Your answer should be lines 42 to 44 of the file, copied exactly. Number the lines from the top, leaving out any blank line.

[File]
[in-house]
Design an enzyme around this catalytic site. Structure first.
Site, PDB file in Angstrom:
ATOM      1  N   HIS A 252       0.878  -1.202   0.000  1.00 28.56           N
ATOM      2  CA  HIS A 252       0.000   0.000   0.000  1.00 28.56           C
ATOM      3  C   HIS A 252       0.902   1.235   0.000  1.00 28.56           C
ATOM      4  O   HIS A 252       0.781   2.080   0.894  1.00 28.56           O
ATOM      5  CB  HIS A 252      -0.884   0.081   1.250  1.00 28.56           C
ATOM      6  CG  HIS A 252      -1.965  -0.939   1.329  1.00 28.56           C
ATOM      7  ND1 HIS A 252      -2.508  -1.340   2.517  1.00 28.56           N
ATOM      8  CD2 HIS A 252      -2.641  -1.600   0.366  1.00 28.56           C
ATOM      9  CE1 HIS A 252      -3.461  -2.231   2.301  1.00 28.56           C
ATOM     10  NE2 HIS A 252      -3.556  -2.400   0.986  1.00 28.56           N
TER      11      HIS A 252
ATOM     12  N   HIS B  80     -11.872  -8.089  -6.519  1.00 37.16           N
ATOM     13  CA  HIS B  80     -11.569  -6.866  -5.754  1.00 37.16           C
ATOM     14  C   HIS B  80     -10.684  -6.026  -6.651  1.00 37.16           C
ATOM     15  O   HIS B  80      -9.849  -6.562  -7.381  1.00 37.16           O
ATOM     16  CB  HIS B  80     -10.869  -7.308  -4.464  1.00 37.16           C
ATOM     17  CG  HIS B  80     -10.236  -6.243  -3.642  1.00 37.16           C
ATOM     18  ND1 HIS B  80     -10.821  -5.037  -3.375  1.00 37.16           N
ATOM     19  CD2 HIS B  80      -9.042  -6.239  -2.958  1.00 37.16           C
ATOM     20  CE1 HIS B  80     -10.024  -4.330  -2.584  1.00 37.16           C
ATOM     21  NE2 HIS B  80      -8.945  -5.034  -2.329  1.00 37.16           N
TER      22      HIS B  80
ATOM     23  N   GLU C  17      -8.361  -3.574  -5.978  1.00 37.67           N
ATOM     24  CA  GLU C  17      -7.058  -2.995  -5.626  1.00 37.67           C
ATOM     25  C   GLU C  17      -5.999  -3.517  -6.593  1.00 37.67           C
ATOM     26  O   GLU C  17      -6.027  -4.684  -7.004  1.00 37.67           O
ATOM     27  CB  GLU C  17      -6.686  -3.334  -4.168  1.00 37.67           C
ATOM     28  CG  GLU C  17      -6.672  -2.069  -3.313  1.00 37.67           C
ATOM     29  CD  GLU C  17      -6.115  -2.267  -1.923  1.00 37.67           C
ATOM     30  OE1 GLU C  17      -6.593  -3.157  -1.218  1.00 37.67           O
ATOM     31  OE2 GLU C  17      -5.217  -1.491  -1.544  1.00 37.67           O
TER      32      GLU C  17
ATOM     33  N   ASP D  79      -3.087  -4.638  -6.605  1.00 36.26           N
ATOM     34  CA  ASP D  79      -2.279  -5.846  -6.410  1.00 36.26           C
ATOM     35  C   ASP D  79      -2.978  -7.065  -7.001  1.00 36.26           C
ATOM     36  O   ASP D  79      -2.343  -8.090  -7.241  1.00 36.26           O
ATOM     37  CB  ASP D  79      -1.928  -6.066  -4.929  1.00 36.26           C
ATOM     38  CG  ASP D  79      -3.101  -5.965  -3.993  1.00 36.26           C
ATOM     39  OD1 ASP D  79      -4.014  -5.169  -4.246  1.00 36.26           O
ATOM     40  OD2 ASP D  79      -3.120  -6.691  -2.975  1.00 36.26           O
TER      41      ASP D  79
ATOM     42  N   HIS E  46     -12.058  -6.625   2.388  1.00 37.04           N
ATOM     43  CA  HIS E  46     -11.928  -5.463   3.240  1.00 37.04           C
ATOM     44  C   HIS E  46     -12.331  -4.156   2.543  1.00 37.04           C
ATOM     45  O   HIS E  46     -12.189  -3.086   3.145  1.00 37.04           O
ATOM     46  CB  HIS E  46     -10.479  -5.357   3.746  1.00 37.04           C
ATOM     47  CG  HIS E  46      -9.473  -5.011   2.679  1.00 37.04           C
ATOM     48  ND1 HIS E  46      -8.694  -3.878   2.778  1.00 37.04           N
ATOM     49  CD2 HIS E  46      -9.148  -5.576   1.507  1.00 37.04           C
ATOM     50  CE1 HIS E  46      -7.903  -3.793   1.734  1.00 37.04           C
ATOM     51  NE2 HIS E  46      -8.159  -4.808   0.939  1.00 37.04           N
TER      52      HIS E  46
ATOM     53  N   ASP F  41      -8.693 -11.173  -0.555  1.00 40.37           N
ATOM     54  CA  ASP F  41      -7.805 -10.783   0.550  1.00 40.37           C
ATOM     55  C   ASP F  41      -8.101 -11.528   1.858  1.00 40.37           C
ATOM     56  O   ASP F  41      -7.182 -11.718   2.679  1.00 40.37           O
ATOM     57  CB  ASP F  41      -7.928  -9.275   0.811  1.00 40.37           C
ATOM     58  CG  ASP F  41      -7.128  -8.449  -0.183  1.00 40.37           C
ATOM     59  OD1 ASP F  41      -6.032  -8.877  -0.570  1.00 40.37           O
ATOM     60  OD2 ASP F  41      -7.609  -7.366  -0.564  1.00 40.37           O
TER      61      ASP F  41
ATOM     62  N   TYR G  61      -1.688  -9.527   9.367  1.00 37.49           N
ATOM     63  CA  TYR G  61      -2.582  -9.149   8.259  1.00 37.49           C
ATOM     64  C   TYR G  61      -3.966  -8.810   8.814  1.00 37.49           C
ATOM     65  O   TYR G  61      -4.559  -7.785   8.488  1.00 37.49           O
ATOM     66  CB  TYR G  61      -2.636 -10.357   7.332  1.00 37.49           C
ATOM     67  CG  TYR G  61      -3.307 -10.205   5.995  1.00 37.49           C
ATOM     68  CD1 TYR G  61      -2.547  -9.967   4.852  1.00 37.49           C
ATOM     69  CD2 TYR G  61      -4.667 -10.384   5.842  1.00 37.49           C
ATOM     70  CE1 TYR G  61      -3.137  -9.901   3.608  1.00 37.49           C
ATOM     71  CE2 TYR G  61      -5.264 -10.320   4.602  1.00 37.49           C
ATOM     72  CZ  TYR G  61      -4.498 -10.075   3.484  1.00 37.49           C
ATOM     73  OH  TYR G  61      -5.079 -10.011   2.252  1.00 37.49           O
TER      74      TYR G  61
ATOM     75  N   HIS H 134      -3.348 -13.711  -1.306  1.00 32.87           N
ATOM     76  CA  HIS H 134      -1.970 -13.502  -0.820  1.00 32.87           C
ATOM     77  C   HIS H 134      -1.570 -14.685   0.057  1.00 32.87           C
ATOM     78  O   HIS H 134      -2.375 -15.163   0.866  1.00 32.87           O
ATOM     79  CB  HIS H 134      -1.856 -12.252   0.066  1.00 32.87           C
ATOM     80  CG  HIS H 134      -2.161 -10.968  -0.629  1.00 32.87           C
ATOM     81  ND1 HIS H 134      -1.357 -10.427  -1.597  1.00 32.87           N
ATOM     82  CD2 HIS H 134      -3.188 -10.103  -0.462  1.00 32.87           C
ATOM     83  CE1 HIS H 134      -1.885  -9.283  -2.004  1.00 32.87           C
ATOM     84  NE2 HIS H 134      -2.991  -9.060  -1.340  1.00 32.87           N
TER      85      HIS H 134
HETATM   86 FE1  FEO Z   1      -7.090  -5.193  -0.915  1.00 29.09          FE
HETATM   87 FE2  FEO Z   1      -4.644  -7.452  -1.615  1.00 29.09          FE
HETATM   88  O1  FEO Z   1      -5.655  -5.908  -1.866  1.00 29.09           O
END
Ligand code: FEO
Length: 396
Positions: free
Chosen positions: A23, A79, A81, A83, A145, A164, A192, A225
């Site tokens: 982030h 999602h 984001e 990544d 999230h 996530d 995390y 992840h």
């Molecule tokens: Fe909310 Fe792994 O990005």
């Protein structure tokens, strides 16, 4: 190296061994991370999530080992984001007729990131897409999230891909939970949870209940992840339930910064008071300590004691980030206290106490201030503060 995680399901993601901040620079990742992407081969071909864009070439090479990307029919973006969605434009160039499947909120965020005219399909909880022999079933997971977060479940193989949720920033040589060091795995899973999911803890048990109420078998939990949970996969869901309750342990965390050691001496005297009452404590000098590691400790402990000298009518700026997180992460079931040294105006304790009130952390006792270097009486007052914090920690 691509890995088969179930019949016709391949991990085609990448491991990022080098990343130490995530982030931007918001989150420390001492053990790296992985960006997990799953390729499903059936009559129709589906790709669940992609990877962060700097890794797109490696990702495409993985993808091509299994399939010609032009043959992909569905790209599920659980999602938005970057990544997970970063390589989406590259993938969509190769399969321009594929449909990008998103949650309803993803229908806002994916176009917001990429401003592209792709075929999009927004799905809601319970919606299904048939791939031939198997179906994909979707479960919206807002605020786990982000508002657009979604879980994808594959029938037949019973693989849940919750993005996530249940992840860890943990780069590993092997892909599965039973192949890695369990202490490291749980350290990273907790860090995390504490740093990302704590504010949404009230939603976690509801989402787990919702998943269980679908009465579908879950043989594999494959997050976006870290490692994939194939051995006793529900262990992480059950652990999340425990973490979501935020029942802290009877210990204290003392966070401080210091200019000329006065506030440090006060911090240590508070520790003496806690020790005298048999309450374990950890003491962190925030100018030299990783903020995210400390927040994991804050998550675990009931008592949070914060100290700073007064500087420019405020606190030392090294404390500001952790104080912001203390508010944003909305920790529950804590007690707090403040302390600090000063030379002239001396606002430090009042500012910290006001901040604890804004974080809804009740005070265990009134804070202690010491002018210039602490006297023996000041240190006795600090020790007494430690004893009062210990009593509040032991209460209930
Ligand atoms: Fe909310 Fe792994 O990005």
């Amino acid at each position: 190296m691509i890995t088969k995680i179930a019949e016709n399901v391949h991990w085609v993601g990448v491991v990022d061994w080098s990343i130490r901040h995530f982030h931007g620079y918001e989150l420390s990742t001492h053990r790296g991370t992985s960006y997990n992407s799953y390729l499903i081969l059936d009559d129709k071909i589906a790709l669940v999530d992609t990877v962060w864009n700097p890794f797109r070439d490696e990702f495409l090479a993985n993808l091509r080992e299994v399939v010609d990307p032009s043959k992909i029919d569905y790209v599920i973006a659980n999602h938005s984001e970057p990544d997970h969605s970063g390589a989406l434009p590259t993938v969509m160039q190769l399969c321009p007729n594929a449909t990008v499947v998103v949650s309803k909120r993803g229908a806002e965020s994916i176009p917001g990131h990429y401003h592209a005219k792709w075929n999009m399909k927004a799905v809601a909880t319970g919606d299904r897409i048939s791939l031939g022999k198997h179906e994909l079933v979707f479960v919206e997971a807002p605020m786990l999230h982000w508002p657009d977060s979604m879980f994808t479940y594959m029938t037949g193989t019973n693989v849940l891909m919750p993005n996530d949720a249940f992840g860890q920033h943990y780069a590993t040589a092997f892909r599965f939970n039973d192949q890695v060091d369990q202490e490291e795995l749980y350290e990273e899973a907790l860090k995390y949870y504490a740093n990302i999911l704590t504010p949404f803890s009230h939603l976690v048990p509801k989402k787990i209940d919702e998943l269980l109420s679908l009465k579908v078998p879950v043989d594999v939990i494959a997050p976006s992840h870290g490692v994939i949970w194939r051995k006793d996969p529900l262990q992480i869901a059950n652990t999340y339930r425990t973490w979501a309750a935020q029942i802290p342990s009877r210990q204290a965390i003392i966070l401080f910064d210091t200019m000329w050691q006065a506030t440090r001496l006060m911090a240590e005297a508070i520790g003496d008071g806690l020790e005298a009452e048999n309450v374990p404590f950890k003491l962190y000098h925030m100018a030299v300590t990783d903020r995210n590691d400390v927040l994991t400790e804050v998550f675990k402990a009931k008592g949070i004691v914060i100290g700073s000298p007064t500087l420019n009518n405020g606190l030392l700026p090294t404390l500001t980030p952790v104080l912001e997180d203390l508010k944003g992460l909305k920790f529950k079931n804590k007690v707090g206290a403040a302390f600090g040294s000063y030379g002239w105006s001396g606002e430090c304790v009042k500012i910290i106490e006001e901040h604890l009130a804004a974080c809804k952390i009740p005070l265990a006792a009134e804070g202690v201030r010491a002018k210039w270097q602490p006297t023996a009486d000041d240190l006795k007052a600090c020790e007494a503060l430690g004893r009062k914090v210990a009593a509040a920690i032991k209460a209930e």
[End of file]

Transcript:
ATOM     39  OD1 ASP D  79      -4.014  -5.169  -4.246  1.00 36.26           O
ATOM     40  OD2 ASP D  79      -3.120  -6.691  -2.975  1.00 36.26           O
TER      41      ASP D  79